By Denna Bowman
Drivers are being urged to make sure their tyres are in good condition for the winter, rather than wait
until surface water, frost or snow turns the road under their wheels into a skid pan.
The IAM (Institute of Advanced Motorists) reminds vehicle owners that because their tyres only have the area of the sole of a shoe in touch with the road at any one time, it’s a safety ‘no-brainer’ to keep them in top condition.
It also warns that extra care is needed at this time of the year when sudden heavy showers can profoundly affect tyre performance.
More roads will also be worn out due to cut-backs on resurfacing, and this combination with worn out tyres is potentially lethal.
Peter Rodger, IAM Chief Examiner, said: “Under-inflation causes excessive tyre-wear, with every ten per cent under the recommended optimum decreasing tyre life by ten percent.
“Vehicles of drivers found to be at fault in high-speed accidents were found to be six times more likely to have worn tyres than those of the other drivers involved. Keeping your tyres maintained is an important part of car-care, not only for safety but also for fuel-economy; under-inflated tyres will increase fuel consumption.”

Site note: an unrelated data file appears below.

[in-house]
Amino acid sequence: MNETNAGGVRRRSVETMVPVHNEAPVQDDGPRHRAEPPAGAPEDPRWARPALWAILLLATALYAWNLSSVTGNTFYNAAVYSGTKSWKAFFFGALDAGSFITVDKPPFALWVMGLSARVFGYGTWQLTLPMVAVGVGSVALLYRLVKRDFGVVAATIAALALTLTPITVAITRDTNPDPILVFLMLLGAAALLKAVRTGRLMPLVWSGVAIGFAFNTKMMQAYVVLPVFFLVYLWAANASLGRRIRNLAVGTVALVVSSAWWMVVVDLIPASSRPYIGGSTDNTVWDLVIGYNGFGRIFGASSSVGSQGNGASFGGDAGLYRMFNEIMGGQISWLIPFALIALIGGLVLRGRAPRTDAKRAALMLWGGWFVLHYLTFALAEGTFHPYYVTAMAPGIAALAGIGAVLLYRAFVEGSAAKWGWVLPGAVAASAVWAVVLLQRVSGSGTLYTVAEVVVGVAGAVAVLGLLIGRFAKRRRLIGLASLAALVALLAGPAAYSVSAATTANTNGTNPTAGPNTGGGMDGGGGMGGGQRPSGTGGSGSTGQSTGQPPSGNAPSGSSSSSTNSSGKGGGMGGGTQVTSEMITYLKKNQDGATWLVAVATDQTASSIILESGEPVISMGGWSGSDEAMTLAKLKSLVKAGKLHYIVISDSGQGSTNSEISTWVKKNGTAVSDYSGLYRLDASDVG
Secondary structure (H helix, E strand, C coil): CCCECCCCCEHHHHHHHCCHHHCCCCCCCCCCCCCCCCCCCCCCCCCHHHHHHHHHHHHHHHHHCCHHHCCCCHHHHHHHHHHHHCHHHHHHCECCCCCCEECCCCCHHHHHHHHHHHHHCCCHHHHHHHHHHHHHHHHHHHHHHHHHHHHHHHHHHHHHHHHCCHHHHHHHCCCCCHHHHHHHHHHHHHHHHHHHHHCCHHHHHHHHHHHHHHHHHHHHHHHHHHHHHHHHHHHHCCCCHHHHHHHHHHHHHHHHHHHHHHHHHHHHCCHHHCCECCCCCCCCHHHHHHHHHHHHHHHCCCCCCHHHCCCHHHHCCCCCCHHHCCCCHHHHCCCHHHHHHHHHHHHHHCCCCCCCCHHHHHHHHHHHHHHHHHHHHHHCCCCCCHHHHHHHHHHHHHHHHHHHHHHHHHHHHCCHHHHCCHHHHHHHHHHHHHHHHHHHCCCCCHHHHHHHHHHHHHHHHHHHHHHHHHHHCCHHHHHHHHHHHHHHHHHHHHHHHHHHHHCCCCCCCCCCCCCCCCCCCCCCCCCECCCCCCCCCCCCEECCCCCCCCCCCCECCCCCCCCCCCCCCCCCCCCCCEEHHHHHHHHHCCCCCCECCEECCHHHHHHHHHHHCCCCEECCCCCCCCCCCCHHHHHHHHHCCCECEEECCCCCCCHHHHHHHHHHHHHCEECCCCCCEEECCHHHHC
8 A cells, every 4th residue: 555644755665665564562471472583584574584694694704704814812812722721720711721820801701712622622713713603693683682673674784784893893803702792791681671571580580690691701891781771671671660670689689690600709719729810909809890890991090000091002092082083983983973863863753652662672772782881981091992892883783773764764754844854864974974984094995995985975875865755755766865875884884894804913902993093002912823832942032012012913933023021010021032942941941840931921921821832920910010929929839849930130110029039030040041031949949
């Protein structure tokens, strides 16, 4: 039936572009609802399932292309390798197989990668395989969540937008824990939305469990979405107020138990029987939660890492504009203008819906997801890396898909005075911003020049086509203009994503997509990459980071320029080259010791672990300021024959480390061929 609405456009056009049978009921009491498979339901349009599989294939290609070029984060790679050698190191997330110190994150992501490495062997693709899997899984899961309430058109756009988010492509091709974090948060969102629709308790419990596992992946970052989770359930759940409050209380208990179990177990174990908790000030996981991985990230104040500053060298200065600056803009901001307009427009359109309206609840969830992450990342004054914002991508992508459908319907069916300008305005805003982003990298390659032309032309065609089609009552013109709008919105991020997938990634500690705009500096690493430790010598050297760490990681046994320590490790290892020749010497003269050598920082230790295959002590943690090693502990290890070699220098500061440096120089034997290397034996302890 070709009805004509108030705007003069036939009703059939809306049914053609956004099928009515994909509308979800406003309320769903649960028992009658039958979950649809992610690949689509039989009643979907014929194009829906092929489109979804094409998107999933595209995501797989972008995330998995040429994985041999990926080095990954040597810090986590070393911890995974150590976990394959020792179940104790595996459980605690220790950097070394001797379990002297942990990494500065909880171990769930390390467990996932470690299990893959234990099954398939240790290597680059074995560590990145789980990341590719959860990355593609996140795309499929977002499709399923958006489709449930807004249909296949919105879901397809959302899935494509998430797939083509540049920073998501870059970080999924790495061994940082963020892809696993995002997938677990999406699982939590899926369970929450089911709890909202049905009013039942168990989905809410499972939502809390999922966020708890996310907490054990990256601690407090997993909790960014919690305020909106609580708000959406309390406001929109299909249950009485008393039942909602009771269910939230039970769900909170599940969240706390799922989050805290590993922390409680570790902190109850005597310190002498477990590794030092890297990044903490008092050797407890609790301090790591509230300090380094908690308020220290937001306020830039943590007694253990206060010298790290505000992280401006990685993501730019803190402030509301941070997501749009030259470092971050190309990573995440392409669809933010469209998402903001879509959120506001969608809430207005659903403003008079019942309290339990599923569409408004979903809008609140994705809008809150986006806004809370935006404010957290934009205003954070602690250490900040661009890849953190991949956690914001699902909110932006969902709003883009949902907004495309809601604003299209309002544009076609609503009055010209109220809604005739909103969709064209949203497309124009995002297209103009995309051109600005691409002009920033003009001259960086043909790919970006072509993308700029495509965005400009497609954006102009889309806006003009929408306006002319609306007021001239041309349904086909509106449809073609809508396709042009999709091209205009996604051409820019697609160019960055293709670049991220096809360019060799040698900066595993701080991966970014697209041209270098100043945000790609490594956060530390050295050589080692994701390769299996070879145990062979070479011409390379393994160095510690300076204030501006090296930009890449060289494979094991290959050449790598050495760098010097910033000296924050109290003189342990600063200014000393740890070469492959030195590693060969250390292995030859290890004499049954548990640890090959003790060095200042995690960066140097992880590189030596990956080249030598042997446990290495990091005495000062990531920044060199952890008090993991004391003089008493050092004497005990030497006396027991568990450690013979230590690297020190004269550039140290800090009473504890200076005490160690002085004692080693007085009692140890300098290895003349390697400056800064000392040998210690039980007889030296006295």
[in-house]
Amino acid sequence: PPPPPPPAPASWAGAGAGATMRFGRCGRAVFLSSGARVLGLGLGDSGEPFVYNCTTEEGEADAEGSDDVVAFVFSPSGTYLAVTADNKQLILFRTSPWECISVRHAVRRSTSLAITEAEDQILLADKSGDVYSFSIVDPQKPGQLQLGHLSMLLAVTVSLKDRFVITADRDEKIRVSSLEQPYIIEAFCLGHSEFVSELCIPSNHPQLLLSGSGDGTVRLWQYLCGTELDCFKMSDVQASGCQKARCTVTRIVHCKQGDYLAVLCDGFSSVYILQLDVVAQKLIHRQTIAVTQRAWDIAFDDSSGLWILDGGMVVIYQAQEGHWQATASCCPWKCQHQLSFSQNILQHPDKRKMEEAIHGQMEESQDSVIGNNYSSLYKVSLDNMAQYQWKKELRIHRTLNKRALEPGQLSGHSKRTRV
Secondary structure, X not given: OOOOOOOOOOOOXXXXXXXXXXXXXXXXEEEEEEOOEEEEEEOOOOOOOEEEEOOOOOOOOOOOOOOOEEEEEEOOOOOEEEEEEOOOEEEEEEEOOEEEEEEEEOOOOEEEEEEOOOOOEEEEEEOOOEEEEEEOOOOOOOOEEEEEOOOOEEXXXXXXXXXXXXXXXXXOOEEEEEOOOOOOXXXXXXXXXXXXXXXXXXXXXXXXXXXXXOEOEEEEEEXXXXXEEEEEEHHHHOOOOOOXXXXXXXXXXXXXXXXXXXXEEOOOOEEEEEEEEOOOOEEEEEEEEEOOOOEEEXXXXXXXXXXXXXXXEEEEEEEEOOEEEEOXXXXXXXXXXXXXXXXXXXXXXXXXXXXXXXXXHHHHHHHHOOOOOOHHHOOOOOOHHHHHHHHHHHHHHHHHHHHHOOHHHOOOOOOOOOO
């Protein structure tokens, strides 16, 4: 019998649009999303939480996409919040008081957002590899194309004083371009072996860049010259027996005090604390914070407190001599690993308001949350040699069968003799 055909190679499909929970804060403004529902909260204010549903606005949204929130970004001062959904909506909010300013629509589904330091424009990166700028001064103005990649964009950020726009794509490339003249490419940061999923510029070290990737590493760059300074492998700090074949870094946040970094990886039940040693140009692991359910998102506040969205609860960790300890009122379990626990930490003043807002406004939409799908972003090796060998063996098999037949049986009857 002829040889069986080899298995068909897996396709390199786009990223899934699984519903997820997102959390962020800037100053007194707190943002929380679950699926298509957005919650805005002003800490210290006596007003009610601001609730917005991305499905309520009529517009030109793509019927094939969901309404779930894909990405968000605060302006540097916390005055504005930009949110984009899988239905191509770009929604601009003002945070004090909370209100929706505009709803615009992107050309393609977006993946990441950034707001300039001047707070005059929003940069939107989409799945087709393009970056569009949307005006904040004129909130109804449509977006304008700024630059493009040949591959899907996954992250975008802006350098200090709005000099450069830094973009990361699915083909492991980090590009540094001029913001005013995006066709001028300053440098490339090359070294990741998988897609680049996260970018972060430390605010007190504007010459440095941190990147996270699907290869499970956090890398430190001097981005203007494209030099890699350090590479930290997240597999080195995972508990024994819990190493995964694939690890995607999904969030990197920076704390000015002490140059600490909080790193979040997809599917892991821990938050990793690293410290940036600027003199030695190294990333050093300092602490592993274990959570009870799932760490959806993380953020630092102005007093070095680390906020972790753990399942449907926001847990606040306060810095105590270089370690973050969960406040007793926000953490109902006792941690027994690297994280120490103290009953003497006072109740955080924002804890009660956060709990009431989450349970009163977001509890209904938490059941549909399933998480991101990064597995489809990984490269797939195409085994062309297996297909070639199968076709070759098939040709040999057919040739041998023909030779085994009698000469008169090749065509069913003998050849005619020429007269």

Mr Rodger gives some simple tips on checking the condition of your tyres:
Check the general state of the tyre for cuts and bumps on the tyre wall and uneven wear
Check that your tyres are correctly inflated (ideally when they’re cold) –you can find the recommended pressure listed in the car’s handbook, or on the manufacturers plate, fitted in many cars
The legal minimum for tyre tread in the UK is 1.6mm, but for optimum safety you are advised to start looking for replacements if the depth is below 3mm. Tyres with less than 1mm of tread depth have one third the braking friction of one at the bare legal min of 1.6mm, and below 3mm the tyres skid resistance begins to decline rapidly
Just because tyres are legal, they still may not be at an optimum for braking safely in all conditions. When there is a 2mm film of water on the road, even 2mm of tread may give no better stopping friction than a bald tyre. Have a quick look over your car once a week to notice any changes, and get your tyres checked by an expert if you are unsure.